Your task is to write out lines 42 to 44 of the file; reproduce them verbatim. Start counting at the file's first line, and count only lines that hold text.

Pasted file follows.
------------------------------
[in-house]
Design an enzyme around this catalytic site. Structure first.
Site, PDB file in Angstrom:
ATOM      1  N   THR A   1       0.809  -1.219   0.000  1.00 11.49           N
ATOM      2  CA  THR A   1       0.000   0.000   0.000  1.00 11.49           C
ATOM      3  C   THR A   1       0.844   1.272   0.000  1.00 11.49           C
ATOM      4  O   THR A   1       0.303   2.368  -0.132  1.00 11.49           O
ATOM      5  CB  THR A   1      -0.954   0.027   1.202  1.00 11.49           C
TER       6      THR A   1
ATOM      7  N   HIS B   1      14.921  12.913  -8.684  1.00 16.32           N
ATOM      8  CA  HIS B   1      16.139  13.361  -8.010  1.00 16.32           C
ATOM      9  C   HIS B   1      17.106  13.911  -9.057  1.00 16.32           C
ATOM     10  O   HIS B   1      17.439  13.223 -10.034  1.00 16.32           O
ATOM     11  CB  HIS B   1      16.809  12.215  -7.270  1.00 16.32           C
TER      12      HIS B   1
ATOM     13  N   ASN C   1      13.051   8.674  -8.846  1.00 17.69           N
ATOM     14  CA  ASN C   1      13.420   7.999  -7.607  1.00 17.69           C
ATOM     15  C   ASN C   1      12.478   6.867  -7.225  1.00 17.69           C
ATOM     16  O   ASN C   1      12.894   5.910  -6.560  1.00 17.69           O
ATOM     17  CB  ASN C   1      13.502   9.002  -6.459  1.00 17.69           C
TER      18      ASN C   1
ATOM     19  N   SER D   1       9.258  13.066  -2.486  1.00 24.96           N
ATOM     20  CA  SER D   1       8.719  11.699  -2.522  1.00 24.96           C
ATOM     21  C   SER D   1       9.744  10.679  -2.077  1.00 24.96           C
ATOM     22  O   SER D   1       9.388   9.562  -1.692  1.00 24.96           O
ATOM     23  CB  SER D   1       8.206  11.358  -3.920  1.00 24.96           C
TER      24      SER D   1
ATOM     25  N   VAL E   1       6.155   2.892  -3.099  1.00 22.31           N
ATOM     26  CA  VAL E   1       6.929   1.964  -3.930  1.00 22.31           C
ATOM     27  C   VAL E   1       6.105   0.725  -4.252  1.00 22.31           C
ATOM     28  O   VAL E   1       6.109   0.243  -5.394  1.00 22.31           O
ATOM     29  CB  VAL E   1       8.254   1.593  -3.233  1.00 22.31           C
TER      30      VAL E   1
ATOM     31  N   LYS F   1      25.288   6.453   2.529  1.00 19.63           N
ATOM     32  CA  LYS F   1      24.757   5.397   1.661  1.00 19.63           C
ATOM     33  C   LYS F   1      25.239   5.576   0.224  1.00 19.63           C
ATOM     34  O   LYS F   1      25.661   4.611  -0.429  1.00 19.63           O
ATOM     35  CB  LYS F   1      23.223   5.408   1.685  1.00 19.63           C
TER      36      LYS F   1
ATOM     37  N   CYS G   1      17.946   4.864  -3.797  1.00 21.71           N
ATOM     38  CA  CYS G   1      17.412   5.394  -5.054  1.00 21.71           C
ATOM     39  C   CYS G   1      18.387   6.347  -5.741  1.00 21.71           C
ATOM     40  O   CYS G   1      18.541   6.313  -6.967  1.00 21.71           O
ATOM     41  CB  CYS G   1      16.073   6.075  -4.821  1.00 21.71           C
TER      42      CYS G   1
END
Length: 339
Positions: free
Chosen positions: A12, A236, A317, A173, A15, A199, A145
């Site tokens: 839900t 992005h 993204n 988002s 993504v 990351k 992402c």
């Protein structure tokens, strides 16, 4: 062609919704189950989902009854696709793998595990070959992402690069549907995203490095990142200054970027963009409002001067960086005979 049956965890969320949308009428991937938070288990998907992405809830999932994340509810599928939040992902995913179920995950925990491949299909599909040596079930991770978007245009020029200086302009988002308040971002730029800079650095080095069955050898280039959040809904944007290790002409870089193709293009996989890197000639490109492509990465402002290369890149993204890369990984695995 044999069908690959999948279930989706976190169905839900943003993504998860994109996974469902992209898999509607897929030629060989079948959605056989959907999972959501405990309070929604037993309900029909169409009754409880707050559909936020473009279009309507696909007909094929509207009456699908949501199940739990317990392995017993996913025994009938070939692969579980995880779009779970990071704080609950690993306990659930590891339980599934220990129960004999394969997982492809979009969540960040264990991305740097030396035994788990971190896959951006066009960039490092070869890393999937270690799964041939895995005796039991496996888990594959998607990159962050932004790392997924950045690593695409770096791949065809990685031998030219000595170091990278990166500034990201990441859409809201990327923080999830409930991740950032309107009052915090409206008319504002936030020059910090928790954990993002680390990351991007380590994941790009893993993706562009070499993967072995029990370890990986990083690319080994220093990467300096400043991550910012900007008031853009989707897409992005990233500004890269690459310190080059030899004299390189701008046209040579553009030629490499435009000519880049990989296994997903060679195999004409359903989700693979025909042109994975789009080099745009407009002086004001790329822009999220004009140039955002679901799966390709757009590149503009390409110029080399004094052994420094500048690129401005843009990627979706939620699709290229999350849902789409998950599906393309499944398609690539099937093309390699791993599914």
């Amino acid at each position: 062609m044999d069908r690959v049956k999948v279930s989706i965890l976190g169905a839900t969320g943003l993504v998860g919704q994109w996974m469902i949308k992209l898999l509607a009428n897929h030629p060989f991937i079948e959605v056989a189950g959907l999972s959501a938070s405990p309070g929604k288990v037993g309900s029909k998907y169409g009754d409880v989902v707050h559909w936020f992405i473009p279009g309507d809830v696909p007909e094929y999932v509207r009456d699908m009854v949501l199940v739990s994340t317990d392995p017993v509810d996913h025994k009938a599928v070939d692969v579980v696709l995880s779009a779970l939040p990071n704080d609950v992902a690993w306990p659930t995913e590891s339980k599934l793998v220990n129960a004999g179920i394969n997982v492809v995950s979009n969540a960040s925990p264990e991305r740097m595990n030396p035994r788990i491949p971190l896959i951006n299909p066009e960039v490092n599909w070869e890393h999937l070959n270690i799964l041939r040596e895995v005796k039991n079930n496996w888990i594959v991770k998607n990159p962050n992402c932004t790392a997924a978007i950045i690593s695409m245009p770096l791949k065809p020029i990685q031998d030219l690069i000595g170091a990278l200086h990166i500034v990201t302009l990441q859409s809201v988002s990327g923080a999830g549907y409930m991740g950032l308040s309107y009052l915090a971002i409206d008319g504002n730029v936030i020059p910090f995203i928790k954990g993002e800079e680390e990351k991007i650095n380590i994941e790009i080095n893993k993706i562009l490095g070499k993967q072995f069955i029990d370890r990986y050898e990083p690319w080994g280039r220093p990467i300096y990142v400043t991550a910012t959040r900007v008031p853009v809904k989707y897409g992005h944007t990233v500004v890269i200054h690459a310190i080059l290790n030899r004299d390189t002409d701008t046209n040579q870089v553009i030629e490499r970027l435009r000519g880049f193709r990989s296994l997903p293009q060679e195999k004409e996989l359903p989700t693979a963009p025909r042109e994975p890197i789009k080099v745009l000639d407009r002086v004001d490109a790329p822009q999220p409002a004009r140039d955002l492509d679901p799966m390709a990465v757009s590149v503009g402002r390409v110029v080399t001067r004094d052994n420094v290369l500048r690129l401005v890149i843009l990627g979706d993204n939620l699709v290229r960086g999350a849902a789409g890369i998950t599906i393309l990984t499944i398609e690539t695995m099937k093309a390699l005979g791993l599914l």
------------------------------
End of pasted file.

ATOM     39  C   CYS G   1      18.387   6.347  -5.741  1.00 21.71           C
ATOM     40  O   CYS G   1      18.541   6.313  -6.967  1.00 21.71           O
ATOM     41  CB  CYS G   1      16.073   6.075  -4.821  1.00 21.71           C